Wheat growers are being advised not to rush winter cereal drilling this autumn, as a protracted germination resulting from a high blackgrass seed dormancy means plenty of patience is required to get a good start on this season’s blackgrass battle.
Memories are still fresh of struggling to get drilled in recent wet autumns, and some growers may be tempted to start a little earlier in the current settled conditions, but this can quickly undo any progress in managing blackgrass populations.
It’s not just the high dormancy this autumn. Paul Gruber, regional technical manager for agronomy firm ProCam, believes there are other reasons for holding off drilling on farms with a grassweed problem. Here are his top five.
1. High blackgrass seed dormancy
High dormancy in blackgrass seed shed this summer, following the wet, overcast June, means blackgrass is set to germinate later than average this autumn, says Mr Gruber.
So by delaying drilling as long as is practical, he says blackgrass will have more time to emerge and be controlled before the crop is planted, leaving less of a weed burden to deal with in the crop itself.
Mr Gruber says: “It can take several months for a decent proportion of shed blackgrass seed to emerge when dormancy is high. Do not be lulled into thinking that if we have moist soils then blackgrass seeds shed this year will germinate any earlier. Dormant seeds will still only germinate when they are ready.”
2. Natural weed seed reductions
Especially if it is dry, leaving shed weed seeds on the soil surface as long as possible before attempting any type of cultivation or seed-bed preparation allows nature to play a hand in helping to reduce weed numbers, says Mr Gruber. This is because weed seeds are eaten by predators and degraded by UV light.
3. Cooler and moist soils
Delaying drilling not only helps reduce the size of the weed burden germinating in the crop, it will also improve results from herbicides, Mr Gruber notes.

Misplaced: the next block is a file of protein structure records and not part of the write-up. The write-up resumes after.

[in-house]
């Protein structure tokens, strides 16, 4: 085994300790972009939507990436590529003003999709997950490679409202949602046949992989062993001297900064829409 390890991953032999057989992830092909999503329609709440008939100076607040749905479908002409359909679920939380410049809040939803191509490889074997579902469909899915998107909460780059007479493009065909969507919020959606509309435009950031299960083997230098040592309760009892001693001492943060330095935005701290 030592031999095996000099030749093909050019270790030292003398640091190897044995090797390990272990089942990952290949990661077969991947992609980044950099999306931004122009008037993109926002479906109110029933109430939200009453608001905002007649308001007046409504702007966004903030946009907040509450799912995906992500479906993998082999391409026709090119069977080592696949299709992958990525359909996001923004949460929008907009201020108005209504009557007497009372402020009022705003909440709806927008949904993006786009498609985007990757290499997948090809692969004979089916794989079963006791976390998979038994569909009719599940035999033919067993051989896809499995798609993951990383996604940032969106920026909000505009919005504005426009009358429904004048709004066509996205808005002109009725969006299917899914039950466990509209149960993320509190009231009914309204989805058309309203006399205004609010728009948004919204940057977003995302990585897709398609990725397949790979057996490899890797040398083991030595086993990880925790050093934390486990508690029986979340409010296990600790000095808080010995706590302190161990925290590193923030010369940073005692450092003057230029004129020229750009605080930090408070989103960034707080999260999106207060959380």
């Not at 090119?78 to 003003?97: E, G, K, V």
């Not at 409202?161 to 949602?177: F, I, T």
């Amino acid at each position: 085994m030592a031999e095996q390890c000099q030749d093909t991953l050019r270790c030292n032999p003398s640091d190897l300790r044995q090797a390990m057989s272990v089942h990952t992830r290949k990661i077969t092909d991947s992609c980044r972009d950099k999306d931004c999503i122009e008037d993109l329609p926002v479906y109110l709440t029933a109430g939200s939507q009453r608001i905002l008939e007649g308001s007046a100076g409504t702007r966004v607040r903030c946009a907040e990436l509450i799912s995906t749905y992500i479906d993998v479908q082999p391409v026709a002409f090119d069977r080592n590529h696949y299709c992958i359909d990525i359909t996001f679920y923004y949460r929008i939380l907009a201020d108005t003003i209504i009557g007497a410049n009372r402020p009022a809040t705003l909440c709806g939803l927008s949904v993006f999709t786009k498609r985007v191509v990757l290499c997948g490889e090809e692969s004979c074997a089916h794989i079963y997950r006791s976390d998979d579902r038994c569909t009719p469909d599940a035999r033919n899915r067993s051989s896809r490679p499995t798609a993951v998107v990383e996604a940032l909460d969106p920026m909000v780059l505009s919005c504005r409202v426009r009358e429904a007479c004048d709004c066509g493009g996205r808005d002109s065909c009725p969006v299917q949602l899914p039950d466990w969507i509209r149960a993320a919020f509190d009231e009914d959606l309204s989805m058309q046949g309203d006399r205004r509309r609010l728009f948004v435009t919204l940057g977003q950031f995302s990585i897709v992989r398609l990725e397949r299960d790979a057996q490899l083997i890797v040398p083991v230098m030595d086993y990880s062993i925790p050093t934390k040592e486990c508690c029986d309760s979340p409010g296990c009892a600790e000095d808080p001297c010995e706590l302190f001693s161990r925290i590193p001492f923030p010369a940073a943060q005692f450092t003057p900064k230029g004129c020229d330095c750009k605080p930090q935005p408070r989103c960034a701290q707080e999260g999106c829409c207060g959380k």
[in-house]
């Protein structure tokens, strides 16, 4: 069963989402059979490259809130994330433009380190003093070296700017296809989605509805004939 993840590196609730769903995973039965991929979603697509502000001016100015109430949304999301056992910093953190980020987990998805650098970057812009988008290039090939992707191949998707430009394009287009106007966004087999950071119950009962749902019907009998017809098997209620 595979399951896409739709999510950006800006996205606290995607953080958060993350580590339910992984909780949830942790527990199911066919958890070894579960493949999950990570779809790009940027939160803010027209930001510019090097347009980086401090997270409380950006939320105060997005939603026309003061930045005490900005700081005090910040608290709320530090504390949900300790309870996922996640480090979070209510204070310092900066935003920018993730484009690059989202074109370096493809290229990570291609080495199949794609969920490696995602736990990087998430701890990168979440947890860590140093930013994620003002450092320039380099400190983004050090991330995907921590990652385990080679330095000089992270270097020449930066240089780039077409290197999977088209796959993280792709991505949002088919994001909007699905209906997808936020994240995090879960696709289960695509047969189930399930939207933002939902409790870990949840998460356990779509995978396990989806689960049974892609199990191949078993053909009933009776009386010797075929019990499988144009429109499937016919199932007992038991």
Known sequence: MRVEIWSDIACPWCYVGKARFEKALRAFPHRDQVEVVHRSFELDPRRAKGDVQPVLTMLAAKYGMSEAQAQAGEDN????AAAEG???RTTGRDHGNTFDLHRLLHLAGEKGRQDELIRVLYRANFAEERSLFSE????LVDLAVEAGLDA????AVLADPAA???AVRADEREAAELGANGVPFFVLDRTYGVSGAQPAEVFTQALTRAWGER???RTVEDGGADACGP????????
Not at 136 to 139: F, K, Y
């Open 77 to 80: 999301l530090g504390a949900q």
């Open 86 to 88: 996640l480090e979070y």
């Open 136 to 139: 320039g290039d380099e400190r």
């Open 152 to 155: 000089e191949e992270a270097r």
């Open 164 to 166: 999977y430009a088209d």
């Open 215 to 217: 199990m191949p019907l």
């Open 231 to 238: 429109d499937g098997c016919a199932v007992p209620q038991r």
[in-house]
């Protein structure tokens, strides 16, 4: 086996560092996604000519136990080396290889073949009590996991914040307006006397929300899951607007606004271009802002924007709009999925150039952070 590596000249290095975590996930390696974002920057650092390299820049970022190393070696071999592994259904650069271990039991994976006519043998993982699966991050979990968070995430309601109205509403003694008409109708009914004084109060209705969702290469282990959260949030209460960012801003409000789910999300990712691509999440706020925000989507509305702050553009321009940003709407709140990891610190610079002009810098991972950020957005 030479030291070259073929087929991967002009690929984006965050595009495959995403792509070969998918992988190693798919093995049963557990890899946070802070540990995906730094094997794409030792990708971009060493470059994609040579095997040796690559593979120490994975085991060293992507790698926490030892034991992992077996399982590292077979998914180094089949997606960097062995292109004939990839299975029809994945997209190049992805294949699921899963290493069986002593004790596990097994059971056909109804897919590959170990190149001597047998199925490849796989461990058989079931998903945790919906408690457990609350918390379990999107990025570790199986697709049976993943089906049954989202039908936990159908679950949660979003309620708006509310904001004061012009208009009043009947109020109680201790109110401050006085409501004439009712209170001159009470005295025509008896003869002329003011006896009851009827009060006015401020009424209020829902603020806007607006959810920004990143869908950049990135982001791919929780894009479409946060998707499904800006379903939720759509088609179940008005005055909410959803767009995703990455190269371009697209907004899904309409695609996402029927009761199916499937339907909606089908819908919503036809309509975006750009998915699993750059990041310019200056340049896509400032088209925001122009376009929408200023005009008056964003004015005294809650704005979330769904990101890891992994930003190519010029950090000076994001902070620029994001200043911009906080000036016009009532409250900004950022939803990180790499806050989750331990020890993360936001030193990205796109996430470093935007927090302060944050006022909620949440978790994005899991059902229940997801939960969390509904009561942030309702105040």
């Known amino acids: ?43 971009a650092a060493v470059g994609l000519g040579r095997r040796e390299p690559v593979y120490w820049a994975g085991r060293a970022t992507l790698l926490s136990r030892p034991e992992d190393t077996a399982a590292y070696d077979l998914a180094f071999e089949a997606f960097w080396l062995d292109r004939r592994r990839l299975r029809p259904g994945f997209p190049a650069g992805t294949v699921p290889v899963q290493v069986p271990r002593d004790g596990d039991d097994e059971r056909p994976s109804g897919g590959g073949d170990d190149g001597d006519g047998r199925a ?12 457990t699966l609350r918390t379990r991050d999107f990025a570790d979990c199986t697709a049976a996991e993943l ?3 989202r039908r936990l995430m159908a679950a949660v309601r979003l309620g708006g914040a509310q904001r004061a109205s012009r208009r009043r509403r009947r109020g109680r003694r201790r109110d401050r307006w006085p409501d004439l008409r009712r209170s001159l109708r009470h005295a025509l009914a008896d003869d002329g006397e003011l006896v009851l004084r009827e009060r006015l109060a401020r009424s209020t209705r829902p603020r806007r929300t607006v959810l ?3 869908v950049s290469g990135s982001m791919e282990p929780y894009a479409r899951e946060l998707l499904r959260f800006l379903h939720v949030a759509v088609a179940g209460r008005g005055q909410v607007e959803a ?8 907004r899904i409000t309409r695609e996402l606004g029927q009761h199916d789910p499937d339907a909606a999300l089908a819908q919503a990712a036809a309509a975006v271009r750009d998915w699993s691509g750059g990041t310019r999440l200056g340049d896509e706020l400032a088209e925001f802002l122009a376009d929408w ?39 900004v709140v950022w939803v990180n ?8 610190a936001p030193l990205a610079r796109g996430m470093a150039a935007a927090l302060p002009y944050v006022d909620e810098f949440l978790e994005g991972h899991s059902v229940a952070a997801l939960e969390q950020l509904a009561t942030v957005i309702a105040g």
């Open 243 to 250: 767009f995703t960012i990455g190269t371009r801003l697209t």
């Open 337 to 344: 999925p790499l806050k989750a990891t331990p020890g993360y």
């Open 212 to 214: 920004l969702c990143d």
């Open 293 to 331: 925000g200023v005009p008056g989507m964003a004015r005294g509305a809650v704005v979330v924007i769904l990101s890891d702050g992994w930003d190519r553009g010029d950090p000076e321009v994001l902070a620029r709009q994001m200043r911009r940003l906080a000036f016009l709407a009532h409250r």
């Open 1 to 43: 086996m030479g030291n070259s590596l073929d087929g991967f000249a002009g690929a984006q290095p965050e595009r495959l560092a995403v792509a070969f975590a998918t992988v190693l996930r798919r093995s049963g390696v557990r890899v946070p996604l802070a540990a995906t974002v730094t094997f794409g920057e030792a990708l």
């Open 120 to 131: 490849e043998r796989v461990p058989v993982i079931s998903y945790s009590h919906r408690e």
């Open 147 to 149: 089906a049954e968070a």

“Cooler weather as we move through autumn means residual herbicides aren’t broken down as readily in the soil, extending their period of activity, while higher soil moisture levels, provided it is not too wet, enhance root uptake of soil herbicides.
“Maintaining residual herbicide performance as long as possible is particularly important in seasons of high blackgrass seed dormancy, so that you can catch later germinators. There may also be advantages in applying soil-acting herbicides in sequences rather than in a single tank-mix in some fields this season, to further extend the period of residual activity.”
4. To maintain progress
Growers have made big inroads into reducing blackgrass seed banks over recent years, says Mr Gruber, but progress can be lost in a single year by drilling too early, and in particular by not allowing time for enough blackgrass to emerge in stale seed-beds before killing it off.
He says: “Do not consider a stale seed-bed has done its job until it has produced at least one good flush of blackgrass. Even after a good rain has wetted the soil profile, this can still take a couple of weeks.”
5. To tackle other weeds
Delaying drilling is known to reduce blackgrass pressures. But it will also help against other grassweed problems that are on the rise, says Mr Gruber, notably ryegrass and certain species of brome.
He says: “Ryegrass has a naturally wider germination window than blackgrass, and there is increased brome tolerance to certain herbicides, so delaying drilling could also be useful if you are seeing these problems more often.
“Even if your only grassweed is annual meadow-grass, if you drill too early, this too can become more problematic.”